Davis says TPE doesn’t view the Class 68/Mk 5a as a locomotive-hauled train, but rather as a fixed formation - much like High Speed Trains were determined when introduced: “It is a push-pull train. It is not locomotive-hauled - there are no run-rounds. We are treating it as a fixed formation.”
All rakes are now planned to enter traffic as push-pull rakes, rather than an original plan of top-and-tail operation.
The first seven sets will be used in top-and-tail mode, with Rake 8 the first set with a Driving Trailer, Davis explains. As more DTs are delivered, so the ‘68s’ will operate in push-pull method.
The Class 68s will require modifications, and must be fitted with the necessary controls for the coaches. Additionally, DRS is modifying a further two locomotives that will act as spares for TPE, but which will remain part of the DRS fleet unless called upon. Davis says they will only be needed if there is a “catastrophic failure”.
He says that some of the ‘68s’ that will form part of the TPE fleet are already in the UK and in traffic. Currently DRS has 68026/027 that have just arrived from Stadler in Valencia, with 68028-68034 in various stages of construction. RAIL understands that the fleet will be 68019-68032, with 68033/034 as the modified spare locomotives.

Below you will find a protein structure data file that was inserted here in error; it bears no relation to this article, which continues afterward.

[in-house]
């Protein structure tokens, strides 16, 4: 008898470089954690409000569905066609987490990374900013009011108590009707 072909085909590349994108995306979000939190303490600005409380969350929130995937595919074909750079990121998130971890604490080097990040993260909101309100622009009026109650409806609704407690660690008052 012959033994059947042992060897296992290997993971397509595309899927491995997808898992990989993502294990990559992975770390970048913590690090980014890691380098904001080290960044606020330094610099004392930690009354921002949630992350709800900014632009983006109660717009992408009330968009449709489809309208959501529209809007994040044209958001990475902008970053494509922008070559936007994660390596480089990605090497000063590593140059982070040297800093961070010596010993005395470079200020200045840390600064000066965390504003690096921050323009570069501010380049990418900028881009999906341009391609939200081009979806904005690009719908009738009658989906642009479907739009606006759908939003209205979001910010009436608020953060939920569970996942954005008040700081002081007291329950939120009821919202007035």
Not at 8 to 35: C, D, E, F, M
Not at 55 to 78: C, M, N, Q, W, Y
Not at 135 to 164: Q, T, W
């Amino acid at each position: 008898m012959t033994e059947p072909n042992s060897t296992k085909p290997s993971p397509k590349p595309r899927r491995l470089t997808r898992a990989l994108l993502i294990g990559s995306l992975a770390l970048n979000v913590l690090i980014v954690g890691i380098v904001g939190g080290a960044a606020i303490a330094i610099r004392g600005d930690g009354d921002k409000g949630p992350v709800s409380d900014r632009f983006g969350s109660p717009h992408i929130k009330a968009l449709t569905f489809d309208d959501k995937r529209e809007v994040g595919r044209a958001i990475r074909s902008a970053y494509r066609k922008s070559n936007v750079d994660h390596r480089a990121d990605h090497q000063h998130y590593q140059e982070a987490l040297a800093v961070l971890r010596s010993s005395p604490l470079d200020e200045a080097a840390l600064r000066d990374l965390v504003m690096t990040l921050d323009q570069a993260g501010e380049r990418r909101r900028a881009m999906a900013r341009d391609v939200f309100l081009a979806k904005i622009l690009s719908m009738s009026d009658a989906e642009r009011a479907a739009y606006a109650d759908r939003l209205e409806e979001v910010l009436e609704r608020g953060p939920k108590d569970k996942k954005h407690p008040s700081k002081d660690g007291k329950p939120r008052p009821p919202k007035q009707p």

Modifications will be carried out by Stadler in the UK. The first two will be leased by TPE from this month (May), although they will not enter traffic for a while as they will be fitted with the relevant controls before being sent to the Velim test track in the Czech Republic. The programme will be completed in spring 2018.